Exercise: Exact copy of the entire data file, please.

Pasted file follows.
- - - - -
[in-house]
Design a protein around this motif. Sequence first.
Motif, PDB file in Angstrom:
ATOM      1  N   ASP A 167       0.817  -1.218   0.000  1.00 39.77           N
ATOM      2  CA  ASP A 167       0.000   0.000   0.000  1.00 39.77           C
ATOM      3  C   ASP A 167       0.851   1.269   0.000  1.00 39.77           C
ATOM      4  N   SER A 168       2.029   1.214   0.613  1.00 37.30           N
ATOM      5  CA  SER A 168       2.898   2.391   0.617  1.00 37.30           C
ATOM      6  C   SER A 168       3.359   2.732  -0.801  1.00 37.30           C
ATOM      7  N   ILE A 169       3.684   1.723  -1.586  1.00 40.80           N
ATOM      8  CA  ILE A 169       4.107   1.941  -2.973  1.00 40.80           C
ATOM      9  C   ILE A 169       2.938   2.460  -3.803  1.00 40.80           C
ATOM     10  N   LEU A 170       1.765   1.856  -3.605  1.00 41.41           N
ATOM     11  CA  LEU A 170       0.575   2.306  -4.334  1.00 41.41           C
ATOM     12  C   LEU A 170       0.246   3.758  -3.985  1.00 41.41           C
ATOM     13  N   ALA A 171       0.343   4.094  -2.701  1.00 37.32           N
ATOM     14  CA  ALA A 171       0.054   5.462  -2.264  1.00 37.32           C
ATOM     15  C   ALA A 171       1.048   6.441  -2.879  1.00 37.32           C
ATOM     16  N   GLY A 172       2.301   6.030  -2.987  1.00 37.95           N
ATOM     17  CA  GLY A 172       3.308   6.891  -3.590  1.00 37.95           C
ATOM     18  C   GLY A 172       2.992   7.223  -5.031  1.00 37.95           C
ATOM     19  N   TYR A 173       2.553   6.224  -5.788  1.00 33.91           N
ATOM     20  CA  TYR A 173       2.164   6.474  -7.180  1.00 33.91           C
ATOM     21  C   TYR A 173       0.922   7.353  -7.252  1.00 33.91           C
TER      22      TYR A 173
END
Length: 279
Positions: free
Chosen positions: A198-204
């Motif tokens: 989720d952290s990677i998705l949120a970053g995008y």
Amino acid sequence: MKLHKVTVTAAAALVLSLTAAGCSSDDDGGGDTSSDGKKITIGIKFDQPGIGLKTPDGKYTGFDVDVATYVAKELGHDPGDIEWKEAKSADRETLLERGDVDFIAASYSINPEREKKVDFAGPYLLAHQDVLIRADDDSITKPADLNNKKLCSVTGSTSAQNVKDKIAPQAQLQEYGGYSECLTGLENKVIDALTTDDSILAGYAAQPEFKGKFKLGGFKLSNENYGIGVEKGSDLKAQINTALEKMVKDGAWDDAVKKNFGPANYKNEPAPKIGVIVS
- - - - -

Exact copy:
[in-house]
Design a protein around this motif. Sequence first.
Motif, PDB file in Angstrom:
ATOM      1  N   ASP A 167       0.817  -1.218   0.000  1.00 39.77           N
ATOM      2  CA  ASP A 167       0.000   0.000   0.000  1.00 39.77           C
ATOM      3  C   ASP A 167       0.851   1.269   0.000  1.00 39.77           C
ATOM      4  N   SER A 168       2.029   1.214   0.613  1.00 37.30           N
ATOM      5  CA  SER A 168       2.898   2.391   0.617  1.00 37.30           C
ATOM      6  C   SER A 168       3.359   2.732  -0.801  1.00 37.30           C
ATOM      7  N   ILE A 169       3.684   1.723  -1.586  1.00 40.80           N
ATOM      8  CA  ILE A 169       4.107   1.941  -2.973  1.00 40.80           C
ATOM      9  C   ILE A 169       2.938   2.460  -3.803  1.00 40.80           C
ATOM     10  N   LEU A 170       1.765   1.856  -3.605  1.00 41.41           N
ATOM     11  CA  LEU A 170       0.575   2.306  -4.334  1.00 41.41           C
ATOM     12  C   LEU A 170       0.246   3.758  -3.985  1.00 41.41           C
ATOM     13  N   ALA A 171       0.343   4.094  -2.701  1.00 37.32           N
ATOM     14  CA  ALA A 171       0.054   5.462  -2.264  1.00 37.32           C
ATOM     15  C   ALA A 171       1.048   6.441  -2.879  1.00 37.32           C
ATOM     16  N   GLY A 172       2.301   6.030  -2.987  1.00 37.95           N
ATOM     17  CA  GLY A 172       3.308   6.891  -3.590  1.00 37.95           C
ATOM     18  C   GLY A 172       2.992   7.223  -5.031  1.00 37.95           C
ATOM     19  N   TYR A 173       2.553   6.224  -5.788  1.00 33.91           N
ATOM     20  CA  TYR A 173       2.164   6.474  -7.180  1.00 33.91           C
ATOM     21  C   TYR A 173       0.922   7.353  -7.252  1.00 33.91           C
TER      22      TYR A 173
END
Length: 279
Positions: free
Chosen positions: A198-204
């Motif tokens: 989720d952290s990677i998705l949120a970053g995008y």
Amino acid sequence: MKLHKVTVTAAAALVLSLTAAGCSSDDDGGGDTSSDGKKITIGIKFDQPGIGLKTPDGKYTGFDVDVATYVAKELGHDPGDIEWKEAKSADRETLLERGDVDFIAASYSINPEREKKVDFAGPYLLAHQDVLIRADDDSITKPADLNNKKLCSVTGSTSAQNVKDKIAPQAQLQEYGGYSECLTGLENKVIDALTTDDSILAGYAAQPEFKGKFKLGGFKLSNENYGIGVEKGSDLKAQINTALEKMVKDGAWDDAVKKNFGPANYKNEPAPKIGVIVS